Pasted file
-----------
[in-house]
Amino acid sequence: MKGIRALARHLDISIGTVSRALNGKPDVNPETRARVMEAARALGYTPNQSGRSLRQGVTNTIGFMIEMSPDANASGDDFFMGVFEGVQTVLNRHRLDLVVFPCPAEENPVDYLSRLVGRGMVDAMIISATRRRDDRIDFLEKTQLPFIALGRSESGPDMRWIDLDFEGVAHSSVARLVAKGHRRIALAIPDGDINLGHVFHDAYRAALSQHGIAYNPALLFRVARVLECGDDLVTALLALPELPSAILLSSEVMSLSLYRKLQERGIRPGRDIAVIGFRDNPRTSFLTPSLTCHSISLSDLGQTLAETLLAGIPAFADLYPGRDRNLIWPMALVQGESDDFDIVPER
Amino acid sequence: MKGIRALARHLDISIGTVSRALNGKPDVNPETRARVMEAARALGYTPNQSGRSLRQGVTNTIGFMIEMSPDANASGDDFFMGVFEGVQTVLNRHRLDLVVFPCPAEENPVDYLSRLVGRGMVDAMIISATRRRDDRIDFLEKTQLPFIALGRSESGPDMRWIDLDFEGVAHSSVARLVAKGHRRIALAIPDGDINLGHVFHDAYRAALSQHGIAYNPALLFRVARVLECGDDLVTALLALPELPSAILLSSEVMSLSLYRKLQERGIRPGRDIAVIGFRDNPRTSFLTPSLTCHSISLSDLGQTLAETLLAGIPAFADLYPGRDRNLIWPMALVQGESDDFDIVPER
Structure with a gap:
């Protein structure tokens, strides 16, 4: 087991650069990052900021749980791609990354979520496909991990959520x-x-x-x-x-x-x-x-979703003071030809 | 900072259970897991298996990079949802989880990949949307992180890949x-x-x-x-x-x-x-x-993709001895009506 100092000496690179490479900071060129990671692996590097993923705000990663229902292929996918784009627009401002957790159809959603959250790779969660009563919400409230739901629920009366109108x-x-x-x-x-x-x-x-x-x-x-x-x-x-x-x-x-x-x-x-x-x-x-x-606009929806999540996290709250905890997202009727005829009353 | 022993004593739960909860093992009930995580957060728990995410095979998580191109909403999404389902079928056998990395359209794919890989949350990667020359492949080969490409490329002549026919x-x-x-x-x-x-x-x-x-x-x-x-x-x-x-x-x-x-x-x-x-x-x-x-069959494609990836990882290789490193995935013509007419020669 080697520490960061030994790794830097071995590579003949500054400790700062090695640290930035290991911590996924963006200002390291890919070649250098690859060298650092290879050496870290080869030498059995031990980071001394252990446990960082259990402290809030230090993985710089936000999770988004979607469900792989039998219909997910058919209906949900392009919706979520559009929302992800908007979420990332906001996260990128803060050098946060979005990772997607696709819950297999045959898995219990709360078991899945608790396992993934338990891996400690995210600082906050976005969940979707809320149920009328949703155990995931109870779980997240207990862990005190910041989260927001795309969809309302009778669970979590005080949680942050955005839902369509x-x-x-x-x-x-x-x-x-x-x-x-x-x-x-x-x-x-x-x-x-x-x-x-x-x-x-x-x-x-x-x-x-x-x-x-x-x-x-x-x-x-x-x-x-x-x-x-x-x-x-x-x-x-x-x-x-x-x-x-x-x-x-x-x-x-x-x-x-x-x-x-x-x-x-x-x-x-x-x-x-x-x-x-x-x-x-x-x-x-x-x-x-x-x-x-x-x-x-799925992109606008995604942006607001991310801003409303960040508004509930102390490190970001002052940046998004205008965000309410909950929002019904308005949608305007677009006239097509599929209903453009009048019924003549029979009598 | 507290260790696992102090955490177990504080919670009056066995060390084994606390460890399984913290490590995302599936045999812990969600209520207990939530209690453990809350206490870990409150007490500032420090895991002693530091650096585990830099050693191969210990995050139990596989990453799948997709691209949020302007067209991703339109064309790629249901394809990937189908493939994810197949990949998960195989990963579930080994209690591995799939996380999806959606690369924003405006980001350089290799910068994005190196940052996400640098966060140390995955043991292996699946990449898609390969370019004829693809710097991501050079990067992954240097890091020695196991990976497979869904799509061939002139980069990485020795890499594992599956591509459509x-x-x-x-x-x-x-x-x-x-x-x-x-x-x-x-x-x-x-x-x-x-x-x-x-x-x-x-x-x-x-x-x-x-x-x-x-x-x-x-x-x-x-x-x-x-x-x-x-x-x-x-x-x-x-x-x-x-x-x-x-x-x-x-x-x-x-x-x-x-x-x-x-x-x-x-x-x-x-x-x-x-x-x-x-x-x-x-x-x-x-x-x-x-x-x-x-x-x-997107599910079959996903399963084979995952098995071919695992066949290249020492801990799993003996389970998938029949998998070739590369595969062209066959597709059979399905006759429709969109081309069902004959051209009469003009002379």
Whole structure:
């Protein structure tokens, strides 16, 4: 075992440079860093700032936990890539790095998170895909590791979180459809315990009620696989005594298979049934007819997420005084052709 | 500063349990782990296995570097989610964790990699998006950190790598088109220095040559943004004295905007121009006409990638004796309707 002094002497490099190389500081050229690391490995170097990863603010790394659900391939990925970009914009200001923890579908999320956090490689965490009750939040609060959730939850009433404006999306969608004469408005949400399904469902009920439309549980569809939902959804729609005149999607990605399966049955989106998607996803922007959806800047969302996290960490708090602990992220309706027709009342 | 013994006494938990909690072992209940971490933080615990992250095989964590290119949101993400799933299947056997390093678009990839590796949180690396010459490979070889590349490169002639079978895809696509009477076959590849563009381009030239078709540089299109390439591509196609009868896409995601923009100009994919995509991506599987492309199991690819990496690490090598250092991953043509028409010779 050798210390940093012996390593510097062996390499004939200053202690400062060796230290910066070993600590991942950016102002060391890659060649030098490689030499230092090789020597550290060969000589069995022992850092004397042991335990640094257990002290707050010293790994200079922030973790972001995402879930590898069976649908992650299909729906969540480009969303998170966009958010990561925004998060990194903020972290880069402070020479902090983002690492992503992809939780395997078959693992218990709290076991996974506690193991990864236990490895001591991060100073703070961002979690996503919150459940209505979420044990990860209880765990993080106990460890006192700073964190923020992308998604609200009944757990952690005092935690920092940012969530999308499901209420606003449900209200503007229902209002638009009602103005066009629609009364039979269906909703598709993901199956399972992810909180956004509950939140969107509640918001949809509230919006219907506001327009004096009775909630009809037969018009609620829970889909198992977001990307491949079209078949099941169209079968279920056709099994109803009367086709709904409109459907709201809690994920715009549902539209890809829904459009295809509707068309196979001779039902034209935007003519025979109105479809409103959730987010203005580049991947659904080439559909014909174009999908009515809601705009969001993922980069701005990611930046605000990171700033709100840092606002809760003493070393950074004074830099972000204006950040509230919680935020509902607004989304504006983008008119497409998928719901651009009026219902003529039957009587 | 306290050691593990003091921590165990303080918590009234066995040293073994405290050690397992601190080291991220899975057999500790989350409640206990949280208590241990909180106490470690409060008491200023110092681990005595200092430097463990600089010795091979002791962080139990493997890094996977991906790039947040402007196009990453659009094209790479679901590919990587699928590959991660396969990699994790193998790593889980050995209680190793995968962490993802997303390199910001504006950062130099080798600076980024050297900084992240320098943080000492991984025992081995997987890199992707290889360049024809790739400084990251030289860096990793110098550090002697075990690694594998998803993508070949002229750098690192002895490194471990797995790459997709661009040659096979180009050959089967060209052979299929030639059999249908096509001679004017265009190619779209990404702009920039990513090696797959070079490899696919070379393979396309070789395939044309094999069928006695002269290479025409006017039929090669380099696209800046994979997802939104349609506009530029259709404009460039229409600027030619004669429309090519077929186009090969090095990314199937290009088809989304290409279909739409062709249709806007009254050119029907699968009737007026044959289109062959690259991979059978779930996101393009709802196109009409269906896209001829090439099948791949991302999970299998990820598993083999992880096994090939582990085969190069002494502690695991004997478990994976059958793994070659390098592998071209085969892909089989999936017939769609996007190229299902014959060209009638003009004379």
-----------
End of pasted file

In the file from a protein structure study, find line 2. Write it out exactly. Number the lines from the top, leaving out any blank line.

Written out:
Amino acid sequence: MKGIRALARHLDISIGTVSRALNGKPDVNPETRARVMEAARALGYTPNQSGRSLRQGVTNTIGFMIEMSPDANASGDDFFMGVFEGVQTVLNRHRLDLVVFPCPAEENPVDYLSRLVGRGMVDAMIISATRRRDDRIDFLEKTQLPFIALGRSESGPDMRWIDLDFEGVAHSSVARLVAKGHRRIALAIPDGDINLGHVFHDAYRAALSQHGIAYNPALLFRVARVLECGDDLVTALLALPELPSAILLSSEVMSLSLYRKLQERGIRPGRDIAVIGFRDNPRTSFLTPSLTCHSISLSDLGQTLAETLLAGIPAFADLYPGRDRNLIWPMALVQGESDDFDIVPER